Hexagram Three

Your symbol is Hexagram three, which shows the great labor involved in a new beginning. A structure must be set up and the process set in motion.

The first line, yang, shows a person unable to make progress. Remain steady and learn lessons from those around you, even if you don't consider them worthy to be teachers.

The second line, yin, shows a woman on a chariot poised for escape from an attacker, but the assailant actually seeks her hand in marriage. It may take a long time to work out the misunderstanding, but once resolved, they become engaged.

In the third line, yin, a hunter pursues a deer without a guide, and almost gets lost in the forest. An intelligent person, wishing to avoid more grief, gives up the chase.

The fourth line, yin, shows the woman on the chariot going forward to greet her supposed attacker with an open mind. There is great fortune in their meeting.

The fifth line, yang, shows a generous prince sharing his wealth freely with his subjects. A person who is balanced and prudent in his/her work can still afford to be flexible and know when to give.

The sixth line, yin, shows that this noble person, who has been diligent and steadfast, is forced to retreat by horse, crying tears of blood. Although s/he has acted well, the situation is difficult and needs further correct action to reach a resolution.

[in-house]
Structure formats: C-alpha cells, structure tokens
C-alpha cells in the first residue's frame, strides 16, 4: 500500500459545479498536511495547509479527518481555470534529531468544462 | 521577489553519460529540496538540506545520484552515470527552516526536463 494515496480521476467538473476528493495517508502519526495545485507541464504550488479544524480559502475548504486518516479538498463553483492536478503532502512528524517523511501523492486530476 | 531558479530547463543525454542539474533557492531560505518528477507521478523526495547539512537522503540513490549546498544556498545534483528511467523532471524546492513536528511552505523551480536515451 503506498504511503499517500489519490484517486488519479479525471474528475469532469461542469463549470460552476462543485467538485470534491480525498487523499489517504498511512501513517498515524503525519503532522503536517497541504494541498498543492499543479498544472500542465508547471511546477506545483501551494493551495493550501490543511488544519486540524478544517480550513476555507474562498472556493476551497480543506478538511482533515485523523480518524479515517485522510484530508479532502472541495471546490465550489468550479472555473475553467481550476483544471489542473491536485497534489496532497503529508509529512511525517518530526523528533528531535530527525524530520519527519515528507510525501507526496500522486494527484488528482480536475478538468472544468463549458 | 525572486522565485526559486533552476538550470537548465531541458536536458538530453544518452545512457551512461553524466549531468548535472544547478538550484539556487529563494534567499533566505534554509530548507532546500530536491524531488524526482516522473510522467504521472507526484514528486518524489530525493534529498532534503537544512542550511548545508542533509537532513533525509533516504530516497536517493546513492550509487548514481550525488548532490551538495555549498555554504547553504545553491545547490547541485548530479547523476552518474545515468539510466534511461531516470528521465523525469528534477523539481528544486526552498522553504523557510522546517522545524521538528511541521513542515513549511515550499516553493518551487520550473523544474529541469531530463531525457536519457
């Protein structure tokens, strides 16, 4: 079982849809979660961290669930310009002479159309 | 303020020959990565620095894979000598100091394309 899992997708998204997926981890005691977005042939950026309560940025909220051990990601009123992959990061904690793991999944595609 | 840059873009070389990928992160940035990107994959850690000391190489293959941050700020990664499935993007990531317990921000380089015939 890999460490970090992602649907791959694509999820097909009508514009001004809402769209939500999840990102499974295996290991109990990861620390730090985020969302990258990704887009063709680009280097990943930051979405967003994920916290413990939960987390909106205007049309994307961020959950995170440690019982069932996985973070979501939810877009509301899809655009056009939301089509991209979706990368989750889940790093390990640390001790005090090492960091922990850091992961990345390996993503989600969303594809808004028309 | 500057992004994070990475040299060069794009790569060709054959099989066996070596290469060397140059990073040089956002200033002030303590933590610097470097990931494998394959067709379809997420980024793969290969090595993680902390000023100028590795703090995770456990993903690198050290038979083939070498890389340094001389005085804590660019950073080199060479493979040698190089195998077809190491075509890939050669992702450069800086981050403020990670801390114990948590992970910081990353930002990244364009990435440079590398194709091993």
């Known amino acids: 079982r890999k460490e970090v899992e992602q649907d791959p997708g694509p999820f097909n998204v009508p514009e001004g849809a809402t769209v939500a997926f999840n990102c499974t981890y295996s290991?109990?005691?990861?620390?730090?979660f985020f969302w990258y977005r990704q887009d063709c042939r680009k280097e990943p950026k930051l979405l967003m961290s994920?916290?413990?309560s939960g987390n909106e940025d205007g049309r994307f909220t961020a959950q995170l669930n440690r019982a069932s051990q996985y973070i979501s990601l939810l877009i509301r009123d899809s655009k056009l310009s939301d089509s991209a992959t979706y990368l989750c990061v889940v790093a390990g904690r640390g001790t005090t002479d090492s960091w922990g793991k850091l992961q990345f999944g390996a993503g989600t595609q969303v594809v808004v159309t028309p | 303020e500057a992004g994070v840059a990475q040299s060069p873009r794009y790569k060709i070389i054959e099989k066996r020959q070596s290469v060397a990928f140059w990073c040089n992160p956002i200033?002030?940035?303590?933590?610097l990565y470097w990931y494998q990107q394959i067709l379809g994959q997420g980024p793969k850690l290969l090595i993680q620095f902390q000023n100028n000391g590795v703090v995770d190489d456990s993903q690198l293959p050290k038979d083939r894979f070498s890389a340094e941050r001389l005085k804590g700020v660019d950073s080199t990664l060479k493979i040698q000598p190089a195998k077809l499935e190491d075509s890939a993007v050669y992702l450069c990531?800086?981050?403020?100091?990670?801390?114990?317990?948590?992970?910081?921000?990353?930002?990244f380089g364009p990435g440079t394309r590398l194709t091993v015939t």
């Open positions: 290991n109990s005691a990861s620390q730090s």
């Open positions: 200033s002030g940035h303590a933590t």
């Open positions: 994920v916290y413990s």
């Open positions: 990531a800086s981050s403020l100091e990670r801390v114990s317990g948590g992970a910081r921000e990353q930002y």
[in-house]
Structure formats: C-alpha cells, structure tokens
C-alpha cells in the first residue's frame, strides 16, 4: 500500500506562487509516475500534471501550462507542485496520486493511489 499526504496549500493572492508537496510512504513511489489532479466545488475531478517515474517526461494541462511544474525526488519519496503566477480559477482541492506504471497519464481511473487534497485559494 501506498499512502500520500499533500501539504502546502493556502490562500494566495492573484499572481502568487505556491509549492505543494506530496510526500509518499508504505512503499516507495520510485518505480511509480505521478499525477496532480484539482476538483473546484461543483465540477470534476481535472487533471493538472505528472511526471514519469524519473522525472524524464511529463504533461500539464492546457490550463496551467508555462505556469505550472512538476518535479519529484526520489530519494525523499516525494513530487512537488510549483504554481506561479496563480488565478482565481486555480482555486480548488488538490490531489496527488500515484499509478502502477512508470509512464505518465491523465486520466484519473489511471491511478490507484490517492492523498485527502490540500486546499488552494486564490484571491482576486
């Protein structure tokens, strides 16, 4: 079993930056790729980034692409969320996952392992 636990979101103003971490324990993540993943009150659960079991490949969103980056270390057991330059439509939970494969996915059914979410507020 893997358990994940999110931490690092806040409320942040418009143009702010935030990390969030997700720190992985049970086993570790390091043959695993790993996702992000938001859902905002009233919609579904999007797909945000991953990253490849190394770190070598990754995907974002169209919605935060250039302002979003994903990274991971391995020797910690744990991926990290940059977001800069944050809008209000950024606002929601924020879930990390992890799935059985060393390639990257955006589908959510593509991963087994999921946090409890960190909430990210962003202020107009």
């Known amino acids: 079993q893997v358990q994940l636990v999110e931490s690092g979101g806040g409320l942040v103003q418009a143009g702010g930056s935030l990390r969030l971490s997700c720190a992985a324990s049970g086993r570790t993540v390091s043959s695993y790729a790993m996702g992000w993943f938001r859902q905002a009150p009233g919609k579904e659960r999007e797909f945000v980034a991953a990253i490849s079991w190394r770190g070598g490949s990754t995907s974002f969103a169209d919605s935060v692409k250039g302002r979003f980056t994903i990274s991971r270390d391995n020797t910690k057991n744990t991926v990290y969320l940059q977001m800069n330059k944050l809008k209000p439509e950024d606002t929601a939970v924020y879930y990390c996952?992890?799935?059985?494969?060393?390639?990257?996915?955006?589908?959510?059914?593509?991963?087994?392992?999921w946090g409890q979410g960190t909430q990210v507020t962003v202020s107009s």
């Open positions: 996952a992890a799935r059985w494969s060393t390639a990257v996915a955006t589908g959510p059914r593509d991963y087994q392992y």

To the reader: Most of the hexagrams have at least one line that predicts bad results, but that does NOT mean you are fated to that result. The hexagrams illustrate different attitudes, so study the actions and reactions to learn the attitudes that will lead to better outcomes.

The I Ching teaches you to flow with changes and create positive change from the inside through conscious living. Your future is in your hands. Consult the I Ching for ideas that lead to clear thinking and positive mental attitude. Reading the I Ching helps you take the time to reflect on your attitudes and ideas. Continue asking until you feel positive about your course.

To ask again - click here.

A note about this interpretation of the I Ching: Nori Muster wrote this version of the iChing in 1994 and put it online at Surrealist.org in 2000. It is now available as an e-book. Click here to see Learning to Flow with the Dao at Amazon.com..

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